The Reality of Gen Z's Stay At Home Girlfriend trend.
Spend any number of minutes on TikTok and you’ll see hot twenty-something after twenty-something claiming they have the answer to all of women’s issues—just become a Stay-At-Home Girlfriend and/or Wife. If they’re trad, they dream of cottage-core barn houses barefoot and pregnant, breeding beyond the replacement rate (cough). For the more libertine, there’s heaux feminism and dark femininity coaches. Books like Hoe Tactics and the Power of the P teach young women how to leverage their sexuality to find fiscally generous partners. Megan Thee Stallion, The City Girls, and Cardi B make rap anthems for the sugar baby generation. But is kept womanhood really the secret that twenty-year-olds just happen to figure out?
The Girl Boss is dead, and Gen Z killed her. What’s replaced Girl Boss culture is difficult and problematic in its own way. But it’s important that we consider this in a nuanced way and teach young women how to mitigate harm.
A few years ago, at a San Francisco co-living space I lived in, I mentioned the concept of hypergamy. I was twenty-three, autistic, wet behind the ears on having conversations with other humans—there are certain things you’re just not supposed to say out loud. A woman about ten years older than me set me aside and told me: “Be your own rich white man.”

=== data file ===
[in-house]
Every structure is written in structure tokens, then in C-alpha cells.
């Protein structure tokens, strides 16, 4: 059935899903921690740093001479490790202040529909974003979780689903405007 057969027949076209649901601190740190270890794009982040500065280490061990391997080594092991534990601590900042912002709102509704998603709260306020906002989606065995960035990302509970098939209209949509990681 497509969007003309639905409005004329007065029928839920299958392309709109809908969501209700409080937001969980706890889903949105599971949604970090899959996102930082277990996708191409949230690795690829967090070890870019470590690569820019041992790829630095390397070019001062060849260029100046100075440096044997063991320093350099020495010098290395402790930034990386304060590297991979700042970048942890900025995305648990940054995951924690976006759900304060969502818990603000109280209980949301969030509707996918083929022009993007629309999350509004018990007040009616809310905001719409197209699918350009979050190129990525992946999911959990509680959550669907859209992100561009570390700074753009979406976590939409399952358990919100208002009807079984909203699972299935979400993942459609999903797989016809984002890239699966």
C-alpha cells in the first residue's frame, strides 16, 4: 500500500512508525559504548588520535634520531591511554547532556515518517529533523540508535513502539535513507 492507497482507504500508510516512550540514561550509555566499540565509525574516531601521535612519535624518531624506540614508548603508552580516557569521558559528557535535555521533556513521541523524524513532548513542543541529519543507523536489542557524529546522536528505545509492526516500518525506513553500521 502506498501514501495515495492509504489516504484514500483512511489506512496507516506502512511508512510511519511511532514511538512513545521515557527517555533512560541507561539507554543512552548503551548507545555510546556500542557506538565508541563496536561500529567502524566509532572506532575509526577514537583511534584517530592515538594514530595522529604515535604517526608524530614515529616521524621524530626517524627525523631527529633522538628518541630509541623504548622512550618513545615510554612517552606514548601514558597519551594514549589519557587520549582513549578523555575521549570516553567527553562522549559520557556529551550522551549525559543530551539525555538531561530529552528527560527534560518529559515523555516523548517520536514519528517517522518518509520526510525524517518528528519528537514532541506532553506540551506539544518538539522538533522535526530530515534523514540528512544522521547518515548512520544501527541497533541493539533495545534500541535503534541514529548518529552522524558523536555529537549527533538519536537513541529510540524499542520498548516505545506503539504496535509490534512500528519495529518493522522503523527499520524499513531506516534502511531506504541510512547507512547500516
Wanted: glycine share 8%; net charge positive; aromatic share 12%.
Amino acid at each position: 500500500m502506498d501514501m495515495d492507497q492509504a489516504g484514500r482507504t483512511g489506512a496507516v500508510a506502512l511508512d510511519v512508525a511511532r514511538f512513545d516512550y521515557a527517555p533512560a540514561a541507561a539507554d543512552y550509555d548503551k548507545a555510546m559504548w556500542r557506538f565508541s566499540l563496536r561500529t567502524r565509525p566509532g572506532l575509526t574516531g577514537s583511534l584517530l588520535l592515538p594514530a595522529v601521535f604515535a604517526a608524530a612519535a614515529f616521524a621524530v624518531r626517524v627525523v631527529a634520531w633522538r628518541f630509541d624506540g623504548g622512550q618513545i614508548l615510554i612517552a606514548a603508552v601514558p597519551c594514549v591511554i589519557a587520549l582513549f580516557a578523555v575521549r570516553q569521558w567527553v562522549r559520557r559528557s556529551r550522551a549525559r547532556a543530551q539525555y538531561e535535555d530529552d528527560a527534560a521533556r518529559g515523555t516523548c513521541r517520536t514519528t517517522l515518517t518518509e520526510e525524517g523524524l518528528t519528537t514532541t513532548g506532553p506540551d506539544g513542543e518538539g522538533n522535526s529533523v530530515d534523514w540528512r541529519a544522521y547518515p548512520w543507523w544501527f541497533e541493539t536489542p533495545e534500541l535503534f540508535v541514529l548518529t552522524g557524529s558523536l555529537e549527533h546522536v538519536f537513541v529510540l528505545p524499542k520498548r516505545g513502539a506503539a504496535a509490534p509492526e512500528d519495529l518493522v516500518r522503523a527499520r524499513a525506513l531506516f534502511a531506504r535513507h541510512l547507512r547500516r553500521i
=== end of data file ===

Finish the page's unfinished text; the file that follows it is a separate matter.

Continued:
I understood her sentiment, but I will never be a white man. Nor do I necessarily long to be.
This experience also encapsulated just the sheer difference in attitude of Gen Z from our millennial predecessors. While my views have slightly changed since I was twenty-three, I find myself frustrated with the lack of nuance (and reality) on both sides of this argument.
Female separatism and Andrea Dworkin inspired Radical Feminism have become increasingly popular with Gen Z. The other larger portion of this generation has fully embraced OnlyFans, Sugar Babying, and Heaux culture.
Some say this is due to the pornification of society due to high-tech streaming capabilities gaining popularity in Gen Z’s formative years. Rad Fems reject it, and Heaux femmes accept it. This may have had some influence, but this analysis isn’t really scratching the surface. Right-wing reactionaries will blame both Radical Feminism and Heaux-feminism on fatherless homes which, perhaps, is an argument to be made. The truth is—these expressions of Gen Z girldom are closely tied to post-2008 financial crisis austerity.